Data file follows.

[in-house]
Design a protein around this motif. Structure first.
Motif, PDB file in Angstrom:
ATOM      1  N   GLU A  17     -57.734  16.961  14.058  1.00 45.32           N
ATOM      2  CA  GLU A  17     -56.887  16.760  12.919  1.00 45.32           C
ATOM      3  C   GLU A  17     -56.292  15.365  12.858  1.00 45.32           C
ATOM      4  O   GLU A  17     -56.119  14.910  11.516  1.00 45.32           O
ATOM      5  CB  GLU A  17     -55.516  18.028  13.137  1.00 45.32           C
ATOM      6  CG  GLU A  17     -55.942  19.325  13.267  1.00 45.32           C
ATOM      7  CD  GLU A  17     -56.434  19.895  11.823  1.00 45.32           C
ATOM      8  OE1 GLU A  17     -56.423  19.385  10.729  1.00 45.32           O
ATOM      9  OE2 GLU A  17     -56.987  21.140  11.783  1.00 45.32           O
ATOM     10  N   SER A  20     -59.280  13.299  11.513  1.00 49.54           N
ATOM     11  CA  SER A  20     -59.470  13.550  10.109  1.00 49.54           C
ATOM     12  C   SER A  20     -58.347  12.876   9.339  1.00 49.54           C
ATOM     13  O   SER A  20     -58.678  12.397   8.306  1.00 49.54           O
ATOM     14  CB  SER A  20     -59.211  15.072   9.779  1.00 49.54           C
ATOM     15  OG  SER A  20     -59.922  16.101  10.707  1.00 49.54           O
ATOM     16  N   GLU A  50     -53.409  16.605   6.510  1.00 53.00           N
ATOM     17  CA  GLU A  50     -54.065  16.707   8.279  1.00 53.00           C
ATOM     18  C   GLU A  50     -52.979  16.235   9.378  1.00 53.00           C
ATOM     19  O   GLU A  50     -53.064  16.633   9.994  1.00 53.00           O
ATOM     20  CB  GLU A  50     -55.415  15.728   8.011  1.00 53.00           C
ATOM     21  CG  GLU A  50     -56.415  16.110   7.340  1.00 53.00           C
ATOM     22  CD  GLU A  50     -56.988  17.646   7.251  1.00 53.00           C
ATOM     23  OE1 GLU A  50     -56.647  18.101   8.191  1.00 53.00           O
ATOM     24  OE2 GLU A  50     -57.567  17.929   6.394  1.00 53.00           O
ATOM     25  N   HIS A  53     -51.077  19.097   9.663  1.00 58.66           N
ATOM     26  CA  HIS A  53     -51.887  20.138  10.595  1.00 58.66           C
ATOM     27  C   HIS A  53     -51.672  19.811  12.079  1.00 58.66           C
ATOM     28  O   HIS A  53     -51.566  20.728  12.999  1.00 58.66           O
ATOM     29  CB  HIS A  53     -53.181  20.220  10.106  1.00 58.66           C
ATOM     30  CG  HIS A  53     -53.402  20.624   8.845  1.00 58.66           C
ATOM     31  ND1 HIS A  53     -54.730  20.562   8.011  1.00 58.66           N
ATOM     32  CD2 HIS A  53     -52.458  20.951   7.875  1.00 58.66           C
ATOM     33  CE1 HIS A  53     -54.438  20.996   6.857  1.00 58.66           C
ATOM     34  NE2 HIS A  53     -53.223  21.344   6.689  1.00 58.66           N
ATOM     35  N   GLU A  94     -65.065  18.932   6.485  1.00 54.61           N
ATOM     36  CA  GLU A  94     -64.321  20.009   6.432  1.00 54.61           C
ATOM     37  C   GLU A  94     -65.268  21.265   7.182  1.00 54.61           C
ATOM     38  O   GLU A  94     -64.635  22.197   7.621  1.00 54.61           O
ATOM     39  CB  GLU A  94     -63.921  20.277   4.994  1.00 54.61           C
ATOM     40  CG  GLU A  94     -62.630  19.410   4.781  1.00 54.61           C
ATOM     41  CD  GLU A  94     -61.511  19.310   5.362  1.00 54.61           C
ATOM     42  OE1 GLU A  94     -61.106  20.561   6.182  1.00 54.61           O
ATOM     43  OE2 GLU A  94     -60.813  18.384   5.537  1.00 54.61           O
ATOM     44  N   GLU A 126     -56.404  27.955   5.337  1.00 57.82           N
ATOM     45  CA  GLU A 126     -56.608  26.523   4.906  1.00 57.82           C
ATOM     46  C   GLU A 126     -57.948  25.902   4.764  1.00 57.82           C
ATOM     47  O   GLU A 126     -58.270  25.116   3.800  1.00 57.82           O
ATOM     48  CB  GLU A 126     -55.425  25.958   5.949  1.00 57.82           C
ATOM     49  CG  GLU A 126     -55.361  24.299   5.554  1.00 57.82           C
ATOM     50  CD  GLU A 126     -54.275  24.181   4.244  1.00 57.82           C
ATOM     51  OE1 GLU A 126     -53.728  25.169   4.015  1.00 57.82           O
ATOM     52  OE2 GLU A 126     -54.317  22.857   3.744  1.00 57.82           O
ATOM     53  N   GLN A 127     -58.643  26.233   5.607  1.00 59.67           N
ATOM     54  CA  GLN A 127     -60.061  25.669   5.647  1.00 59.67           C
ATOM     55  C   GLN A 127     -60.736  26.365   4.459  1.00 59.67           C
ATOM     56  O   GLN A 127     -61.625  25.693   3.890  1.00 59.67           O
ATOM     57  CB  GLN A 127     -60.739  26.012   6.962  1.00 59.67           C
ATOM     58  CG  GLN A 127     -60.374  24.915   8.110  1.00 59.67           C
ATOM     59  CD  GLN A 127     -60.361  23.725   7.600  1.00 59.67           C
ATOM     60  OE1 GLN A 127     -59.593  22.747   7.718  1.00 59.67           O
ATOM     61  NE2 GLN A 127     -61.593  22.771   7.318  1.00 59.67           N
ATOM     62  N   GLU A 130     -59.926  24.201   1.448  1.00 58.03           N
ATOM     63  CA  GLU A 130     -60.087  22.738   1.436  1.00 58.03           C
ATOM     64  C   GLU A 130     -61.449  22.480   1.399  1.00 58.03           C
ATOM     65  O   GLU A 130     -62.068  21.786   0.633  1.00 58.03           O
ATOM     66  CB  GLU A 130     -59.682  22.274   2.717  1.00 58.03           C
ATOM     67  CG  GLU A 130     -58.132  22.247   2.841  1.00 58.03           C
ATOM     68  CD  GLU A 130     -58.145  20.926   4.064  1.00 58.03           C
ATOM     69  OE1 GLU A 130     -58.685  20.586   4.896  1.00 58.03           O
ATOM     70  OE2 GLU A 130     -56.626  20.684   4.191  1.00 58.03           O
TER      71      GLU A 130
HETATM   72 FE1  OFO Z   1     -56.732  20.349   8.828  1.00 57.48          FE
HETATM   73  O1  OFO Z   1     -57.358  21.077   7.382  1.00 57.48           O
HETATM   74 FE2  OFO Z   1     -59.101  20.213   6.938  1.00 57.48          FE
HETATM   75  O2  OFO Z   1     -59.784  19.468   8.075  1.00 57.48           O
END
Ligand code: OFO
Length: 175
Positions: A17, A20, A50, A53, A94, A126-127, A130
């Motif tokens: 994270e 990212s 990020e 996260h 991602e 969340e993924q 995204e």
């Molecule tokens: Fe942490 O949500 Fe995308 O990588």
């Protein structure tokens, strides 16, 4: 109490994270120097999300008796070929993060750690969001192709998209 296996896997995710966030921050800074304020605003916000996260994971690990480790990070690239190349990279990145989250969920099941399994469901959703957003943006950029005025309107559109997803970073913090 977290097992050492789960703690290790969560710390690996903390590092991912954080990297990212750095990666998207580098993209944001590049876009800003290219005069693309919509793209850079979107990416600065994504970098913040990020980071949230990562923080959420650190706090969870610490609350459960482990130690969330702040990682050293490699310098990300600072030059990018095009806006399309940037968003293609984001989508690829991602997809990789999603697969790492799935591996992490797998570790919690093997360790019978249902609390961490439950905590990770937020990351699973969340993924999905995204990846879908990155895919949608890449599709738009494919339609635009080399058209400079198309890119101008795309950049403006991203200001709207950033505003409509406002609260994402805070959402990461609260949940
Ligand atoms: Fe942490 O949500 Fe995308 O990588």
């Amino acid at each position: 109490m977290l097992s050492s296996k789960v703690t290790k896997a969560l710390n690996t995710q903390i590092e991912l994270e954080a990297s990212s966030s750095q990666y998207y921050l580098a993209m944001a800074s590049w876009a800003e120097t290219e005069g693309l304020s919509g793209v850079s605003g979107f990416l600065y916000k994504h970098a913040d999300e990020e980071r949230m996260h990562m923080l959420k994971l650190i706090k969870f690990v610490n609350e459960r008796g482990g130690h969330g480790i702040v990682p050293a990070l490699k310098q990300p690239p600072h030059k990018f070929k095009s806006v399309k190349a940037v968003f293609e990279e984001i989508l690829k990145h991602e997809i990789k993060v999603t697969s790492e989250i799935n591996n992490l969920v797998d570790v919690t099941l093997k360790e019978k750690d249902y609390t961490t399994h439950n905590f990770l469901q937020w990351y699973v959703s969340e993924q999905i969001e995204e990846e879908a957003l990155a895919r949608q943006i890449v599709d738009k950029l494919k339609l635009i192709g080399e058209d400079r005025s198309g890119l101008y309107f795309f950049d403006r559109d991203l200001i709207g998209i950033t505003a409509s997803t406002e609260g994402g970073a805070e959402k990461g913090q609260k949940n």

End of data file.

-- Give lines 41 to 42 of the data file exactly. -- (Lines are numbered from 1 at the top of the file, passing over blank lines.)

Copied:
ATOM     38  O   GLU A  94     -64.635  22.197   7.621  1.00 54.61           O
ATOM     39  CB  GLU A  94     -63.921  20.277   4.994  1.00 54.61           C